Four flower vases adorn the living room of Hossam al-Dabbus's home. Initially inconspicuous, a closer look reveals they are made of Israeli tank shells collected by war-scarred Gazans.
The refugee camp dweller has picked through the rubble of the coastal strip to turn the remains of a conflict that killed nearly 2,200 Palestinians and more than 70 Israelis, into objects of art.
"I wanted to keep a souvenir, but my relatives and neighbours felt uncomfortable with them around, so I had the idea of painting them to make them beautiful," the 33-year-old told AFP.
In his hands, the twisted remnants have taken on a new life -- shell casings covered in golden motifs, tail fins turned into the feet of a vase, the dull metal disappearing under an explosion of painted flowers.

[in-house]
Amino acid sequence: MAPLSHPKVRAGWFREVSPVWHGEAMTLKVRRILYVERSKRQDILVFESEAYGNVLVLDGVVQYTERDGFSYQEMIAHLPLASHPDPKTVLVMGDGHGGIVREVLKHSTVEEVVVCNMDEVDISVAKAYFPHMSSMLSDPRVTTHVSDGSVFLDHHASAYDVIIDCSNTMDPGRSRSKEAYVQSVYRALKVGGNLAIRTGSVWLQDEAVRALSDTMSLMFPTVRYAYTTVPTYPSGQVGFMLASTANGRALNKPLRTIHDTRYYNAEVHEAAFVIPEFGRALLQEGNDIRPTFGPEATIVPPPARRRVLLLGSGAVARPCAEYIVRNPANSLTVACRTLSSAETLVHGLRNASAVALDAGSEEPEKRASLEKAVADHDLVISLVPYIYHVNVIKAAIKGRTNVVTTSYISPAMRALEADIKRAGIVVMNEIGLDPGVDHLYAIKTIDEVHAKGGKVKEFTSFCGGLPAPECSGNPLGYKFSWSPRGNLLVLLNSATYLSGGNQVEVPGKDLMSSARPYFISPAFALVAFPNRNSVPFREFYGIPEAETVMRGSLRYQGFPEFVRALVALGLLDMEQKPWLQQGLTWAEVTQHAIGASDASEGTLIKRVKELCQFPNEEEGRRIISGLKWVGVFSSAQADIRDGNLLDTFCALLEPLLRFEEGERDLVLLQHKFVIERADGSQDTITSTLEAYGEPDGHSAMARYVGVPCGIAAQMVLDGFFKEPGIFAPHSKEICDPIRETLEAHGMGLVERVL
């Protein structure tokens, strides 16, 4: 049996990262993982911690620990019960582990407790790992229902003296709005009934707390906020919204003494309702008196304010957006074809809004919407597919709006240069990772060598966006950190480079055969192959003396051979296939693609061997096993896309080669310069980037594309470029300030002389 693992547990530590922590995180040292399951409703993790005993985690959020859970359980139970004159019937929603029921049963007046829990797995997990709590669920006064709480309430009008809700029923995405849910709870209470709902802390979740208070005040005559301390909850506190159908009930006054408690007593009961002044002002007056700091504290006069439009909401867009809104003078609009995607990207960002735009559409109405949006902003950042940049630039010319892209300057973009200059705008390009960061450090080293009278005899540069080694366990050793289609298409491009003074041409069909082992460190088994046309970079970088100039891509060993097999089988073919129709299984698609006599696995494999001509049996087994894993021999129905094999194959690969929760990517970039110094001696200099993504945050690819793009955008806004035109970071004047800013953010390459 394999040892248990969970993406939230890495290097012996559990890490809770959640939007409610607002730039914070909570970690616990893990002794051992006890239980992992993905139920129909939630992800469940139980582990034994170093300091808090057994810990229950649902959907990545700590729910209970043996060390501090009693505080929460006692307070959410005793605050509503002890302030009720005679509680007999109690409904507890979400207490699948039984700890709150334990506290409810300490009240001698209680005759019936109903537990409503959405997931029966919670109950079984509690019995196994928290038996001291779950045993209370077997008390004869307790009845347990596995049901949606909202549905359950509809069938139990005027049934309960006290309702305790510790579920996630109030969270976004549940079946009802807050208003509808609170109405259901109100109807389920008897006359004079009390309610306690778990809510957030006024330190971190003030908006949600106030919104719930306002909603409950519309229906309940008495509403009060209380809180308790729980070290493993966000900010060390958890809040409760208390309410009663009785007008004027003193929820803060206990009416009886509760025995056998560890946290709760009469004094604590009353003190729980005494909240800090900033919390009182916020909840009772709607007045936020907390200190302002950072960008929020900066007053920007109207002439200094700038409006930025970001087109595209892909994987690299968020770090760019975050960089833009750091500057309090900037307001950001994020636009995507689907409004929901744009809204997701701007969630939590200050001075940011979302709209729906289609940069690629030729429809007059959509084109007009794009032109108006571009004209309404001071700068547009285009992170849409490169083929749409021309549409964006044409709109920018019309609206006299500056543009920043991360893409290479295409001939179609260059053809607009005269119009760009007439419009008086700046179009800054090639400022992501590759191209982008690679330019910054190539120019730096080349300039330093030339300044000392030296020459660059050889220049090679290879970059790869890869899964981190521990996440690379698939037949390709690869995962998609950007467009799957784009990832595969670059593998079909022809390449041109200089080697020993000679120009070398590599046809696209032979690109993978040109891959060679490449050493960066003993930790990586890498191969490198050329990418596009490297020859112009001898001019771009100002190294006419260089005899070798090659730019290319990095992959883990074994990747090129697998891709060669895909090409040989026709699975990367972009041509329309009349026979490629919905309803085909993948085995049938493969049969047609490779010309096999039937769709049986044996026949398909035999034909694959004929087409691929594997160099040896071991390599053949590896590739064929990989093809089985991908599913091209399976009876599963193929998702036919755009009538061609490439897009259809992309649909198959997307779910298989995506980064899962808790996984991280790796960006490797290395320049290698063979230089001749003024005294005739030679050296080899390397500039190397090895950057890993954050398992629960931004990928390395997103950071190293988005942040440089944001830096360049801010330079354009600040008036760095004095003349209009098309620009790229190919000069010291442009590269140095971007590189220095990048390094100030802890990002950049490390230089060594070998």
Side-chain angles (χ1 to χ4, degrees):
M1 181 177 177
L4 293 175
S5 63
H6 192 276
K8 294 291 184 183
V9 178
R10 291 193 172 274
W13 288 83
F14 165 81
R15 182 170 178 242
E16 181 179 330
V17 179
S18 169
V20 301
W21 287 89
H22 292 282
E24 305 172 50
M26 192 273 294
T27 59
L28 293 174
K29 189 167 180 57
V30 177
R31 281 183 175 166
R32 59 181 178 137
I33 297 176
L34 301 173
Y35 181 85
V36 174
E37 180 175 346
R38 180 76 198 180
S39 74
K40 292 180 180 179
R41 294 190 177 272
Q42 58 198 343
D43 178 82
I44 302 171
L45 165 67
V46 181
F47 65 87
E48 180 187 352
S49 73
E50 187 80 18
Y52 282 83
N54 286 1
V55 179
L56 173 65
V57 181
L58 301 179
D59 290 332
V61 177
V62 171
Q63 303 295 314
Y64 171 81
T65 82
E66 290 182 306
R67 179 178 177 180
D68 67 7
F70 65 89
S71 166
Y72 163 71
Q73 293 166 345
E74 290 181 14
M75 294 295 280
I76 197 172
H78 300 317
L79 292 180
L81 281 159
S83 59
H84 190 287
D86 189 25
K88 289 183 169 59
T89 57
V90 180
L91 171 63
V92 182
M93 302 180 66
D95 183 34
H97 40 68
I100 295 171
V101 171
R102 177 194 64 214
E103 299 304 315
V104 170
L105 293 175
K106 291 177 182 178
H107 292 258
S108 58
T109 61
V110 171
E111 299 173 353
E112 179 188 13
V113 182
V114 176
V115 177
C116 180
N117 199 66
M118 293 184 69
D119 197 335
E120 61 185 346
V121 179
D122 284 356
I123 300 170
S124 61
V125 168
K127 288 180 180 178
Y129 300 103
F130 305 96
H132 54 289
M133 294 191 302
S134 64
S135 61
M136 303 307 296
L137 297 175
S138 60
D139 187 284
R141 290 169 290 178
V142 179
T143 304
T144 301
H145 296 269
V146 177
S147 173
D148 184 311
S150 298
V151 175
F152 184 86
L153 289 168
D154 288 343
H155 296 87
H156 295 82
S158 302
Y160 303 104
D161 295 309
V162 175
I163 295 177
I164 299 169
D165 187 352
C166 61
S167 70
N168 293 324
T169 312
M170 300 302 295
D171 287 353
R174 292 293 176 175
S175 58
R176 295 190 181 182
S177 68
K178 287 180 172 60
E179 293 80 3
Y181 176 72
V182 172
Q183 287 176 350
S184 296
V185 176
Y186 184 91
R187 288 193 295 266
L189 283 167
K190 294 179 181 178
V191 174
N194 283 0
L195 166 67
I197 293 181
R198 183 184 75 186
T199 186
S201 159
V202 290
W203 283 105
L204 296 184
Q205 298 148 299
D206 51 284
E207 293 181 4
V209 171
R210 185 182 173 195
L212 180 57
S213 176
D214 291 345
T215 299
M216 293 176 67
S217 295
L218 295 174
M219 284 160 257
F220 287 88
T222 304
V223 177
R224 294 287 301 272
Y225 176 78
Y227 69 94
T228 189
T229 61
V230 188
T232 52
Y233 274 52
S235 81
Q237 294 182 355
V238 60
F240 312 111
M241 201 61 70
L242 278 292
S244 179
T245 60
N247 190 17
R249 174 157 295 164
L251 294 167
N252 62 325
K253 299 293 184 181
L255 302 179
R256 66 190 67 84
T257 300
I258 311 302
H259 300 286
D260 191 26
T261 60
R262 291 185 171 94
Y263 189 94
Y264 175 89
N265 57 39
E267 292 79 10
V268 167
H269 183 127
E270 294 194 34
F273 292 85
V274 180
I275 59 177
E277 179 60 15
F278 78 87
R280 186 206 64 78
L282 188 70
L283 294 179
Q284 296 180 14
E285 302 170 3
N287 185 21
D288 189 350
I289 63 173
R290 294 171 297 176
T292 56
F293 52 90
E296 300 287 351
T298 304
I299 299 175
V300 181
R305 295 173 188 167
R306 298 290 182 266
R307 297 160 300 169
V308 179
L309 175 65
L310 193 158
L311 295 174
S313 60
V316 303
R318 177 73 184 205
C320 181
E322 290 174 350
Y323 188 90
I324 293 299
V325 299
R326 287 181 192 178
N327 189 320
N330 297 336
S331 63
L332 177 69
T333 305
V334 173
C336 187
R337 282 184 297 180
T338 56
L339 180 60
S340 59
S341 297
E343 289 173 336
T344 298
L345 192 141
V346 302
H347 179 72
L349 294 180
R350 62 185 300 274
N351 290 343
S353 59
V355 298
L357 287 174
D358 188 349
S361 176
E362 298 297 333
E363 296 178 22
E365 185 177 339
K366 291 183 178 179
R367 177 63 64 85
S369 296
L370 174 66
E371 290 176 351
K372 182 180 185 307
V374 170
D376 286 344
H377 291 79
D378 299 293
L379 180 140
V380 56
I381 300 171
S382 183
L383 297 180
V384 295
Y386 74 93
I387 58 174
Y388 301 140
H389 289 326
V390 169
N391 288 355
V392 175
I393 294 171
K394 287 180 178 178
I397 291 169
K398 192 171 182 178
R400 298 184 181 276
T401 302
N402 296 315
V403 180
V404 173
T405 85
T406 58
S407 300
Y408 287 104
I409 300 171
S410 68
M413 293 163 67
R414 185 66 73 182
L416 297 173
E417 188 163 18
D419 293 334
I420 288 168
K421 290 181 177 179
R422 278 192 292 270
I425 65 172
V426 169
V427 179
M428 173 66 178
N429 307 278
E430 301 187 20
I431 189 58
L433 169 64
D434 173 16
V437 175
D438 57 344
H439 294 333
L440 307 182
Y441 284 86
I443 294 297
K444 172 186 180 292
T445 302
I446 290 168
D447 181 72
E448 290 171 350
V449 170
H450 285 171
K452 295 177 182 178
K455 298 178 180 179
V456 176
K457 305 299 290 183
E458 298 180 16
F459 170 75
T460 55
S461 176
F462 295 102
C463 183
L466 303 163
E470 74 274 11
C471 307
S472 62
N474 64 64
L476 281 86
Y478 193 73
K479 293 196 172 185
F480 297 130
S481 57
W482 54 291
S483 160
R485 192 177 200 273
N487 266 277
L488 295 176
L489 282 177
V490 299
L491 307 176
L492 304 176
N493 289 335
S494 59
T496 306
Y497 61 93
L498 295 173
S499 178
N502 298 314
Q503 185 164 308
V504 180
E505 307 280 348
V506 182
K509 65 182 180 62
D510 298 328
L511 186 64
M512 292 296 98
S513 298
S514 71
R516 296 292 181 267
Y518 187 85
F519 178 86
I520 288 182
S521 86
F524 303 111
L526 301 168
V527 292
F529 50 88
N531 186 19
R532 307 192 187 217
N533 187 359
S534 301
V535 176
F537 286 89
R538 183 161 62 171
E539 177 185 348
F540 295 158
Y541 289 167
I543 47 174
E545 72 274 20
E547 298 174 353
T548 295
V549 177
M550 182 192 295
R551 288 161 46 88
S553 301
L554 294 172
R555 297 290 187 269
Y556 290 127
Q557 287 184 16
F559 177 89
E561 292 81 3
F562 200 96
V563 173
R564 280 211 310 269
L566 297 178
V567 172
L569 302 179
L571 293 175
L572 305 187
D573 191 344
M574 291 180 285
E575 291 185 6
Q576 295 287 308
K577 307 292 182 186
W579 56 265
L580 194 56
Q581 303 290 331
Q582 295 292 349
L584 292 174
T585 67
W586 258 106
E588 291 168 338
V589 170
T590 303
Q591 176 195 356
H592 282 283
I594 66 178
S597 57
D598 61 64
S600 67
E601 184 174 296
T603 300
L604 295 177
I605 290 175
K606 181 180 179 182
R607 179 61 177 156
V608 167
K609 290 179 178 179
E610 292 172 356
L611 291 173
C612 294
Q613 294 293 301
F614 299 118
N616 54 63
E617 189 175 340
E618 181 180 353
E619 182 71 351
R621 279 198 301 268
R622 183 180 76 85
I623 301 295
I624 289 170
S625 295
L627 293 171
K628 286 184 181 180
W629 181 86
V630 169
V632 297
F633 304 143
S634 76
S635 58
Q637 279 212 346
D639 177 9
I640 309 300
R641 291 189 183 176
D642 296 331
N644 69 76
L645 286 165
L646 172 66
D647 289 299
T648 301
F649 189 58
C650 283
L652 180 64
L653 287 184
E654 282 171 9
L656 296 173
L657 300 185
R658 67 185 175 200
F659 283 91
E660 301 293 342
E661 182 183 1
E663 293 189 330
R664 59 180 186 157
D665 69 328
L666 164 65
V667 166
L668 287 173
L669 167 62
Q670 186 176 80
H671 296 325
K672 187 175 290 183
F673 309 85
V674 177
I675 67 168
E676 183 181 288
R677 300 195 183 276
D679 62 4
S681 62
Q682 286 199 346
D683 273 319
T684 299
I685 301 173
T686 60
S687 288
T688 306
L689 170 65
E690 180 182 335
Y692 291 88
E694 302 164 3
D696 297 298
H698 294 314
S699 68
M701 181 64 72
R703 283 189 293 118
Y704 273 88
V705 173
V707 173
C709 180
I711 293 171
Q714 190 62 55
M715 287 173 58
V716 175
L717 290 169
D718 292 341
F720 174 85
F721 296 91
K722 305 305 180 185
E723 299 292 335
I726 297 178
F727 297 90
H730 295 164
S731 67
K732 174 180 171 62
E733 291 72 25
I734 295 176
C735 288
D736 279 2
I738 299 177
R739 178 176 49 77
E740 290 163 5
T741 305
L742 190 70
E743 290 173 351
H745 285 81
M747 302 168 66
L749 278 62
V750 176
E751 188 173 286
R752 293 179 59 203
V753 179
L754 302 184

"When my children grow up I'll be able to show them these and tell them -- here are remains of the 2014 war that left over 2,000 people dead, and this is how I transformed an instrument of death into a vessel of life, making these bombs into flower vases," he said.
During the seven-week war which ended on August 26, the Israeli army fired countless missiles and tank shells at Gaza, and Hamas militants fired thousands of rockets and mortar shells at Israel.